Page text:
Story Rating: 4 stars
Audio Rating: 4.5 stars
Narrator: Blake Lockhart
Length: 9 hours, 1 minutes
Joe Portelli is the “bastard” son of a mafia boss from Brooklyn. He fulfilled his promise to nonna to stay out of the crime family business and worked on the docks for his half-brother to pay for his own degree and MBA. Joe now works for Wolfe Athletics as an analyst, which is how he has insights into company practices that frustrate him. Rand Wolfe Jr., the new CEO of the company, has been spouting his father’s tired and inaccurate business philosophy that stresses that employees should be willing to sacrifice more unpaid time for company business. And Joe has decided: no more. He stands up in a company-wide meeting, destroying Rand’s arrogance publicly, and getting fired in the process.
Joe has no idea that an unauthorized video of his speech at the meeting went viral, but he’s even less happy when Rand shows up at the docks, spouting BS to Joe and his half-brother, a murderous mafioso in his own right. Joe’s choices are to save Rand from certain death, while simultaneously cutting his family ties and signing his own death warrant, or let his brother kill Rand and bring the FBI and crime task force down on their family. Joe opts to save Rand (and his family), only to have his father put out an order for Joe’s extradition back to Brooklyn. Any mobster in Manhattan can return Joe to his father for payment; his death will make a final, brutal, example of Joe for the family.
Rand’s pretty clueless about real life, as he shows time and again, but he’s not a bad guy and he doesn’t want to endanger Joe anymore than he unwittingly already has. He offers Joe living quarters in his posh Manhattan penthouse, and the full protection of his private security detail. Joe doubts this will be enough to keep the mafia from attacking, but he really has little choice. Rand decides to listen to Joe’s progressive business ideas, since this Brooklyn hood is really the straightest shooter he’s ever encountered. Genteel and closeted, Rand really does enjoy the commanding nature and presence Joe embodies, experiencing a growing attraction for Joe. Their close proximity and dangerous encounters engender an uneasy camaraderie that is further cemented when Joe’s ideas begin to stave off the stock hemorrhaging that occurred in the wake of the viral takedown. Both Rand and Joe have deep family issues, with “bad dad” blues. The growing connection between them fills a need for respect and care that each man desires. Also, Joe’s erotic dominance gives Rand the freedom he needs to explore his vulnerable side.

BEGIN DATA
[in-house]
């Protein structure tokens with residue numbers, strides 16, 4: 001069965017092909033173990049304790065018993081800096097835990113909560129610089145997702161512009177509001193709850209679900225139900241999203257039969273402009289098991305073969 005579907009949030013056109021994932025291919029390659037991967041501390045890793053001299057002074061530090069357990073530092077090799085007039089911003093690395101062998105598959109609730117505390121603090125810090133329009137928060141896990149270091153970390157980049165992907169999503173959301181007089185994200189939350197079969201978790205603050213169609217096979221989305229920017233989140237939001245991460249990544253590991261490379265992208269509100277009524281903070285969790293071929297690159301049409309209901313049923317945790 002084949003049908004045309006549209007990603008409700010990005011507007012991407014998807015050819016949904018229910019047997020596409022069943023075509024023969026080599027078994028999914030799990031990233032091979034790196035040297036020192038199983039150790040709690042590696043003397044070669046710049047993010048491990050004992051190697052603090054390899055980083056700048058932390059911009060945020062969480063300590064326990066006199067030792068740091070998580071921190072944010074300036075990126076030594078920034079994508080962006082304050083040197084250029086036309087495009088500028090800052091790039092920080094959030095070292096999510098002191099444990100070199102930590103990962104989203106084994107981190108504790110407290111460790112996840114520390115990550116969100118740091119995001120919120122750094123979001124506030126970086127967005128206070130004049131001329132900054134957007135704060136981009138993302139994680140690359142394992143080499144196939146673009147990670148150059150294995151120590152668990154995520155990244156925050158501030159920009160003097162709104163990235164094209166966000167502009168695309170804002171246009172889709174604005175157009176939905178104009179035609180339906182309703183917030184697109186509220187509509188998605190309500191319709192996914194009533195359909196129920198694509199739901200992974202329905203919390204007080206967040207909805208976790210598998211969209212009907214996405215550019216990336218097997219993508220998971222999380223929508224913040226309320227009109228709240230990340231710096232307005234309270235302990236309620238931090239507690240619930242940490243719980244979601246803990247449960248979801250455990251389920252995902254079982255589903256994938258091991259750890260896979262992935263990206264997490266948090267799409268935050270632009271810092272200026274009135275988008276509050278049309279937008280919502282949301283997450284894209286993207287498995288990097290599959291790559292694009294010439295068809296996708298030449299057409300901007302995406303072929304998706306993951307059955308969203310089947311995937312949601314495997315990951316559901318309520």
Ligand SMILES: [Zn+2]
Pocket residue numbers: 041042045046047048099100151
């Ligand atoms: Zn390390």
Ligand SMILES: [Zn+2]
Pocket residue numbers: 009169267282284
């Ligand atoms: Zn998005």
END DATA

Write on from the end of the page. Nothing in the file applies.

This is an interesting close-proximity, enemies to lovers, odd couple romance and the first in the Mobsters and Billionaires series. The disparity in money and common sense sets up a fun dynamic; Joe’s Brooklyn sensibilities are a fresh perspective to Rand, who really is a decent guy. They make a supportive couple, behind the scenes. I loved how Joe’s irreverence showed Rand how little his family’s net worth affected him. Joe’s ability to demonstrate true leadership, with compassion instead of brutality, supports Rand’s own progressive instincts. The sexy times are intense, and passionate, with a strong dose of humiliation kink that Rand very much enjoys. There are lots of mobsters, and expect violence of the first order. I liked how Joe made use of any and all connections he could, to ensure both he and Rand were safe from his father’s dire plans.
The audiobook is intense, with lots of emotional moments where Rand and Joe experience the highs of passion and the lows of despair. I really enjoyed the alternating points of view, because otherwise each character might have seemed too callous. The narration really brought home the passion and intensity, as well as the vulnerability and the playfulness that each character had within them.
The romance sets up quickly, and it seems as if these guys are really going to have a happy ending. But then one needs to consider the book title and remember that there are really bad men with terrible intentions after Joe and Rand. The whole corporate takedown was *chef’s kiss* in line with the anti-corporate zeitgeist of this time, and Joe is immediately likable (lickable?) in his role as a rumpled class warrior, and only more formidable when he’s wearing the mantle of stone-cold Brooklyn mafia killer. I wanted to eat his primavera and fresh pasta, and maybe drink some of Rand’s $1000/per bottle wine with him. Despite Rand’s billionaire status and attitude, it didn’t take long for Joe to warm up to him, especially with so many supporting characters pretty much loving Rand and lauding his praises from the outset.
This is a good first-in-a-series book, since we get to meet some other mobsters and billionaires to connect with in future stories. I’m in for reading on, and would ADORE another audiobook by narrator Blake Lockhart. I’ve already listened to this one several times, and will go back again.